Prep-tober: Now is The Time to Become a Novelist


Lukas Werner

Novel November is fast approaching, as writers prepare their stories.

Avery Marks, Assistant Editor

National Novel Writing Month, more commonly referred to as Novel November, is an annual event where hundreds of thousands of writers across the country try to finish 50,000 words of a new novel before the end of November. Hosted by NaNoWriMo, a nonprofit organization, the challenge involves a 1,600 daily word goal and often, many late nights fueled by numerous coffee.

Although the race for words begins in November, many prepare their stories in the month of October or “Preptober,” as it’s commonly referred to in the NaNoWriMo community.

According to the NaNoWriMo website, the first few days of October should be taken to develop a detailed outline of the plot of your novel. In the following days, it’s suggested that you make a routine with time for writing, and flesh out the characters that will populate the plot.

Utilizing the time during Preptober is crucial to creating a successful novel by the end of November.

Although Novel November is an endeavor that is incredibly fast-paced and difficult, if not impossible, to do without groundwork ready, the outcome is an incredible feeling of accomplishment, whether you make it through the entire month or not. Although I’m someone who usually consumes books rather than writing them, I loved participating in Novel November and the progress I made then gave me the confidence to continue writing in my spare time, outside of November. 

As a high school student, it’s very difficult to find time and reason to do personal writing, but Novel November provides both an incentive and community for those who choose to participate, making the event something anyone who enjoys writing should participate in.

I was first introduced to the idea of Novel November in sixth grade by my teacher, Mr. Vierra. Going into middle school, I loved to read but had never given a significant shot at trying to write something myself. 

Instead of exploring characters and a world that someone else had created, I was the one constructing entirely new places and people. Instantly, I fell in love with fictional writing.

Since then, I’ve started several stories and thought about writing several more. However, I’ve never finished a novel, despite the growing list of stories that I have started.

My freshman year at La Salle, I gave Novel November another try, only to stop 16 pages in. Then the following year I gave it another shot, taking more advantage of Preptober to ensure I had a direction to focus my writing on, making it to 19 pages in the end.

When I participated in Novel November both years, I did so at the same time as a friend from the middle school class when I first learned about the event. 

Once I did get the ball rolling, having someone to write alongside helped me to hold myself accountable.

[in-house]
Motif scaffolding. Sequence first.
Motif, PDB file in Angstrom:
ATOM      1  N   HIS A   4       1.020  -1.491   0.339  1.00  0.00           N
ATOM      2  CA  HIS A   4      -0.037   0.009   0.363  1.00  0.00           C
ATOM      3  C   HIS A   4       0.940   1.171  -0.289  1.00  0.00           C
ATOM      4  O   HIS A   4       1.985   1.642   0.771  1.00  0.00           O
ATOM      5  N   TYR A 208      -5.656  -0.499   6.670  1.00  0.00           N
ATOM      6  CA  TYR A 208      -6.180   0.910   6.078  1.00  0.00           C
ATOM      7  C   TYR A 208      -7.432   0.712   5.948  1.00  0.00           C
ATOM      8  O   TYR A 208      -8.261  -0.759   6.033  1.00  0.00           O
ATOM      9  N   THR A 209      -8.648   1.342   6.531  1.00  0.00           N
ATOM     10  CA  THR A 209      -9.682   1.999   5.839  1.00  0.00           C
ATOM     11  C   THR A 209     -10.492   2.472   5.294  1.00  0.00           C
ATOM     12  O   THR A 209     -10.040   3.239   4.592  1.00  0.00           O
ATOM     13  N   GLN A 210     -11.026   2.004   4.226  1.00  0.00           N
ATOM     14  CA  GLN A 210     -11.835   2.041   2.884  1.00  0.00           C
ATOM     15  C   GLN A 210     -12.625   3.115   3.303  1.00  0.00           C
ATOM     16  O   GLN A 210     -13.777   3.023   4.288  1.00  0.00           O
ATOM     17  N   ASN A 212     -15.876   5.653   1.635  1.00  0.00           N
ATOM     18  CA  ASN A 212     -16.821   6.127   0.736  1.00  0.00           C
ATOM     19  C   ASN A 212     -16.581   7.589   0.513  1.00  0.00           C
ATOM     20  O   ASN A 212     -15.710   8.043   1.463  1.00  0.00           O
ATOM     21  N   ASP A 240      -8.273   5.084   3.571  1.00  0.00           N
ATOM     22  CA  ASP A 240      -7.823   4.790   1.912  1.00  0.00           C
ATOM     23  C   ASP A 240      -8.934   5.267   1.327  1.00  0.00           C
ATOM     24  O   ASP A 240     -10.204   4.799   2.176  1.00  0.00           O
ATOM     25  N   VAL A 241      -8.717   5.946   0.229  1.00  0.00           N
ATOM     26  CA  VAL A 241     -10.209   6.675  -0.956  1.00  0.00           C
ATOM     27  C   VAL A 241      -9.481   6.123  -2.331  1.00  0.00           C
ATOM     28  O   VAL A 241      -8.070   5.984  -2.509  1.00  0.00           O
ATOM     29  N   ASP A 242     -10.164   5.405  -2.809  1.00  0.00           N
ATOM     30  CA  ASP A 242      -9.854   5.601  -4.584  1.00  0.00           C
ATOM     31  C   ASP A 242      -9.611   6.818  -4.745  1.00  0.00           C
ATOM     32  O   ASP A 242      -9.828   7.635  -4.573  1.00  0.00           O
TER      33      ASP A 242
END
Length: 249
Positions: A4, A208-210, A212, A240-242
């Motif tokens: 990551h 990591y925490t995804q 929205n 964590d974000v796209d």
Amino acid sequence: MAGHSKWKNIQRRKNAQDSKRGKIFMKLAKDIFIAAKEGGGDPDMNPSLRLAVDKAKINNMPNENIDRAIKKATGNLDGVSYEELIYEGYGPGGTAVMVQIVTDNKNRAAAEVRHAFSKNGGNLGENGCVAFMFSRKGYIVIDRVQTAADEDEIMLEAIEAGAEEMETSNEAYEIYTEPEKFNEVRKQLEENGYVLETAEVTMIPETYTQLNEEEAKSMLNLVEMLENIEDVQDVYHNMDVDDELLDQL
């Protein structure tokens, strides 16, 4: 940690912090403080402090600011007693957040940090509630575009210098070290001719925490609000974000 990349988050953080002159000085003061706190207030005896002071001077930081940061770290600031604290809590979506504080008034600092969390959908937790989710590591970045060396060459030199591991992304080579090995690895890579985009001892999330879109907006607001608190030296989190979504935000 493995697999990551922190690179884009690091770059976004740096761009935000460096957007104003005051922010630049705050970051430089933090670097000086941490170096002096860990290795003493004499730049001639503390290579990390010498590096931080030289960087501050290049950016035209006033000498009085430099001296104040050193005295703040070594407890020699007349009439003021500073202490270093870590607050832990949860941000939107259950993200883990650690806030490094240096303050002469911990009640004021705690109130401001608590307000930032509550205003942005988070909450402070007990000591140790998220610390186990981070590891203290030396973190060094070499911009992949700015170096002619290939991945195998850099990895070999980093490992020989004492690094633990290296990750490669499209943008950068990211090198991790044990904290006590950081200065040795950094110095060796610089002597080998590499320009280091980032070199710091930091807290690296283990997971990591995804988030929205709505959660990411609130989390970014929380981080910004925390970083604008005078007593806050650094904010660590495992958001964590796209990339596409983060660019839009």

Having someone who you can talk to about the writing process is insanely helpful in terms of motivation. Whether or not you’re writing during Novel November, having someone to share your ideas with and talk about them makes writing more enjoyable.

Participating in this challenge even one time gives you a good sense of where you are as a writer and what steps you need to take to become a better writer. For example, Novel November makes you realize that it’s easier for you to have several short writing sessions, or that you work better in longer sessions while listening to certain music. 

Additionally, there is no pressure to finish your novel by the end of the month. You can continue writing beyond November, finishing your 50,000-word rough draft on your own time.

The book “Fangirl” by Rainbow Rowell started as a Novel November project. By the end of the month, she was only about halfway through the book.

“It’s some of my bravest writing,” Rowell wrote for a pep talk on the NaNoWriMo website.

She was even resistant to the idea of it at first, assuming any writing done in such a rushed fashion couldn’t be good writing.

But the point isn’t that the writing is good and polished. The point is that you have a first draft, a starting place.

After Novel November, that journey doesn’t end. Through the website, there are tips for how to revise and start the process of looking to get published.

Even without traditional publishing, it opens doors to put a book out there that someone might need. 

“Fangirl” has gone on to be a great success selling millions of copies and winning several awards that include the “Buckeye Children’s and Teen Book” 2015 award and the “Gold Inky” and “Silver Inky” in 2015.

In general, expressive writing can provide many benefits to mental health, which is especially important after coming out of quarantine. 

Being able to escape by reading has helped me in the past and is something that I believe could help others as well. After the past couple of years that we’ve had, everyone deserves a good story to get lost in.